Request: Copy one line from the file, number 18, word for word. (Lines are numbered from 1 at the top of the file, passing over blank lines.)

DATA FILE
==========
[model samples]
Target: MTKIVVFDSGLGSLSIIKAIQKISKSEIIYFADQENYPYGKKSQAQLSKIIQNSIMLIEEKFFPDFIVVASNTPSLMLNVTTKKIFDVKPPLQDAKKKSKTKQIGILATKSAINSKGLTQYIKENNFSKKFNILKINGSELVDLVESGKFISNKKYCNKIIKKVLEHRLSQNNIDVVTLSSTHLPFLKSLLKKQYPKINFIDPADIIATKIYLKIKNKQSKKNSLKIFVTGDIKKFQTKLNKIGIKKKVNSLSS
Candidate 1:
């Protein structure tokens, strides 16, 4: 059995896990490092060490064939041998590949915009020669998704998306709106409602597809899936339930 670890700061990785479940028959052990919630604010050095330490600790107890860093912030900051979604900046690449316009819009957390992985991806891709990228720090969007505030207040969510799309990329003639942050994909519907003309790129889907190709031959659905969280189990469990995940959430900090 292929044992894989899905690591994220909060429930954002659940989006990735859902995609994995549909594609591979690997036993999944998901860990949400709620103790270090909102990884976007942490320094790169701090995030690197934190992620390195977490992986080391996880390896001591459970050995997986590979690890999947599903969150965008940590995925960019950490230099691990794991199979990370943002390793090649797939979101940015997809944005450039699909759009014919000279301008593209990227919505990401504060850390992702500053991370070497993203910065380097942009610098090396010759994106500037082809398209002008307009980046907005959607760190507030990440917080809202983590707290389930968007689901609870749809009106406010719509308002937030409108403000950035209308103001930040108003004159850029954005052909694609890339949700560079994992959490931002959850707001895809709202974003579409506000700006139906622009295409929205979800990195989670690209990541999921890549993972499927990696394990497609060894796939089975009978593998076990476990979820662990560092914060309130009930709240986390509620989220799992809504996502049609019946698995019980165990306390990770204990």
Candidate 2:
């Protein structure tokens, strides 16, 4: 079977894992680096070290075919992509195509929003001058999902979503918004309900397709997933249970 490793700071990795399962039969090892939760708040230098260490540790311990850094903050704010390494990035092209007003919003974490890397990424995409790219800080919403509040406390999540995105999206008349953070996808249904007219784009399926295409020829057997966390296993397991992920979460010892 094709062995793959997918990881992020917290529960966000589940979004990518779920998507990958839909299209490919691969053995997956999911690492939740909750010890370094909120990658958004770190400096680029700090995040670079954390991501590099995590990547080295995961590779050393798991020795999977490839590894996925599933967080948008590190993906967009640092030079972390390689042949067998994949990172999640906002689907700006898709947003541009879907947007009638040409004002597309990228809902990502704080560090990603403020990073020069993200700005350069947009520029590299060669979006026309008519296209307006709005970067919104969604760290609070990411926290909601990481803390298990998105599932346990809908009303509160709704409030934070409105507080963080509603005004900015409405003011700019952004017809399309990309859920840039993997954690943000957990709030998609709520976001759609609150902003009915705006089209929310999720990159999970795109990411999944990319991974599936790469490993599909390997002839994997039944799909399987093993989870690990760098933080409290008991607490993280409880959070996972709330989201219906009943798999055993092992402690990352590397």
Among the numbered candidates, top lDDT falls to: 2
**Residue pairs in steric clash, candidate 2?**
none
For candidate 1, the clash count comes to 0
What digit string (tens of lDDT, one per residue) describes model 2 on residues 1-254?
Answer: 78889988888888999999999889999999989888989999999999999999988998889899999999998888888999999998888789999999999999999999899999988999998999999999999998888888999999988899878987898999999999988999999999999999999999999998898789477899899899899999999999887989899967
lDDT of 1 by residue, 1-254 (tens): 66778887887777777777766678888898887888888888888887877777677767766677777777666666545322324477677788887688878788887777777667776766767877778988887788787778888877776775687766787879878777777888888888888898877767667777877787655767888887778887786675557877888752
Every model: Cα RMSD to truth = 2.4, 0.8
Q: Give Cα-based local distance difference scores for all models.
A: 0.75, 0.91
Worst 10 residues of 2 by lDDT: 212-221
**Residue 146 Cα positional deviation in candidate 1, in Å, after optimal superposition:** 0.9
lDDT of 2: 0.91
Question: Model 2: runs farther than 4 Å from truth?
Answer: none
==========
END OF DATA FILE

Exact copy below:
**Residue 146 Cα positional deviation in candidate 1, in Å, after optimal superposition:** 0.9